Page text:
Coke unlikely to lose all-American flavour

Coca-Cola’s new strategy of targeting ads at local markets is not likely to mean it will hand agencies creative carte blanche.

The demise of Coca-Cola’s in-house agency, Edge Creative, will trigger a fierce battle in the US for its $180m (£113m) a year business (MW April 6). But as new chief executive Doug Daft acts out his “think local, act local” mantra, the fight is likely to spread to all of Coke’s other territories.

The soft drinks giant has an annual marketing budget of £1bn and a seven-strong agency roster comprising Leo Burnett, Bartle Bogle Hegarty, D’Arcy, Doner, McCann-Erickson, Publicis and Wieden & Kennedy.

Coke has yet to decide which agency will produce its new ad campaign, scheduled for the summer, although sources say the battle will be between Burnett and McCann.

The company stunned the ad industry in 1992 when it pulled its creative business from McCann and handed it to Edge, then called the Creative Artists Agency and run by Hollywood talent scout Michael Ovitz. The move was instigated by Roberto Goizueta, who was Coke’s chief executive from the early Eighties until he died in 1997.

Observers expected the switch in house to be copied by the Procter & Gambles of this world but, apart from a few exceptions, such as Gap, the concept did not really take off, although some believe it pushed many companies to buy in their services from a range of suppliers.

Edge’s work was credited in part with turning Coca-Cola into the giant it is today. Under Goizueta, Coke’s value grew from $4.5bn (£2.8bn) in the early Eighties to more than $145bn (£89bn) in 1997.

The agency has been at the forefront of all Coke’s advertising, including “Always” and the new “Enjoy” strategy, on which it worked with McCann, for the past eight years. It also devised the popular polar bear imagery.

One Coke insider says: “Edge had a very easy time working for Coke. Its executives had direct access to Goizueta: if marketing chief Sergio Zyman didn’t like their ideas, they’d get on the phone to the top man and he’d give them the go-ahead.”

But with Daft reappraising the whole company’s operation after the troubled reign of his predecessor, Doug Ivestor, Edge executives were starting to feel the heat. The source adds: “Edge bosses have made a lot of money out of Coke and may have jumped before they were pushed.”

Whatever the reason behind the move, it is likely to accelerate the devolution of power from Atlanta to the regions. Daft has been shouting his “local, local” philosophy from the rooftops and although observers doubt that Atlanta will ever give up its stronghold, publicly Coke must be seen to be acting.

One of the first fruits of this strategy in the UK is the current Diet Coke ad campaign, commissioned by Coca-Cola GB marketing director Andrew Harrison and made by Wieden & Kennedy in London. But the ads, which were shot in the UK and are supposed to represent down-to-earth British culture, are steeped in Americana. The first British actor to appear in a Coke ad never opens his mouth, and the people who do talk are shamelessly American.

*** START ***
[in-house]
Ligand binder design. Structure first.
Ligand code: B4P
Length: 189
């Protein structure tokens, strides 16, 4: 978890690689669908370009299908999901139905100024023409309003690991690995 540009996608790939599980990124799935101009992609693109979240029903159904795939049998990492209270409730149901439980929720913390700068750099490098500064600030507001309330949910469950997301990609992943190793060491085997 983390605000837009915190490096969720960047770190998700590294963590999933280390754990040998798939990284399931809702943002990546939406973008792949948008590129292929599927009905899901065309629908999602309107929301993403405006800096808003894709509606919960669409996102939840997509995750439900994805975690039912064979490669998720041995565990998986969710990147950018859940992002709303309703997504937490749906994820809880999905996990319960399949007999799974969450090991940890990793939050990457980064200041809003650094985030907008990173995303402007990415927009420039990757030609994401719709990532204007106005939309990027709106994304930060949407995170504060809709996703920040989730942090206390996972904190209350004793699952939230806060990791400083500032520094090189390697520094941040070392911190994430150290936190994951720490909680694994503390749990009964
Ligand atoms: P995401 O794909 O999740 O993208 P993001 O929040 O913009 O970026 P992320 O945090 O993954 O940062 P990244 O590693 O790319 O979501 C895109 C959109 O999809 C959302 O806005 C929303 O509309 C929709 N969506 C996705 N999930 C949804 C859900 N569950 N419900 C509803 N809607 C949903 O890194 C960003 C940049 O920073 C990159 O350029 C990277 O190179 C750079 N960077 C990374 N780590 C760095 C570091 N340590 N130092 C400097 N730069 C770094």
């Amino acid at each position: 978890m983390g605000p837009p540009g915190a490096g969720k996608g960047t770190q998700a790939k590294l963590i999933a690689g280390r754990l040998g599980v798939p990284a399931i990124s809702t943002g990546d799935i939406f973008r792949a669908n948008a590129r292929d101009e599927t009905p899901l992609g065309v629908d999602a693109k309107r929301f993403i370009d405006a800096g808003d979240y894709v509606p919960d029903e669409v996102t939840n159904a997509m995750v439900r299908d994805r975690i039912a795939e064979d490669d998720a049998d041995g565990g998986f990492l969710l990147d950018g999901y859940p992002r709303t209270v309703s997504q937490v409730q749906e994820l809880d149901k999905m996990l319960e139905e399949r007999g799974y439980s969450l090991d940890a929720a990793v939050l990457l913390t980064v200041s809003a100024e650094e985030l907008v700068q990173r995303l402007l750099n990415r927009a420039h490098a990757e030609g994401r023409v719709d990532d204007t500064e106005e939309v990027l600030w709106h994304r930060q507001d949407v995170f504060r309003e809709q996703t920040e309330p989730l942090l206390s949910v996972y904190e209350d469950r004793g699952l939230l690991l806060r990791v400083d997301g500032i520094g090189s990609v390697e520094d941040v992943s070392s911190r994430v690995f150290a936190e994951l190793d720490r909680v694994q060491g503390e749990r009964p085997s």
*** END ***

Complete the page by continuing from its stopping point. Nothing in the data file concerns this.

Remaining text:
Harrison says: “The ads tap into the British culture of taking breaks, even skiving, at work. This down-to-earth approach appeals to British consumers, but they don’t show a typical British office because that setting is not exactly aspirational.”

So is Coke able, or even willing, to discard its American heritage and let local agencies have more say? After all, its “Eat football, sleep football, drink Coca-Cola” ads have been very successful in helping the company gain “ownership” of football – a minority sport in the US.

The agencies Marketing Week spoke to had already received an edict from Coke forbidding them to speak to anyone about Edge’s demise, but privately they are hoping the new strategy will give them extra scope.

One source comments: “Coke has relied on Americana for decades and it has been very frustrating for local agencies to have to adopt US ads. Production-wise, they are second to none, but they are very formulaic and, frankly, creatively inept.

“There is a feeling, especially in the UK, that we could do a much better job. We hope this move will lead to more flexibility, but we are not holding our breath.”

Another agency insider comments: “The days of Atlanta template ads are over. Local marketing departments are likely to have greater scope to produce ads but it will be freedom only up to a point. Pan-European agencies will still have to get their work approved by the Atlanta high command. But at least they are talking about it: that in itself is a major breakthrough.”

Yet, with the brand so inextricably linked to the American dream, it would be a brave local marketing director who tried to break that tie and try something new. With the axe poised over 6,000 jobs, who would risk putting their head on the block?

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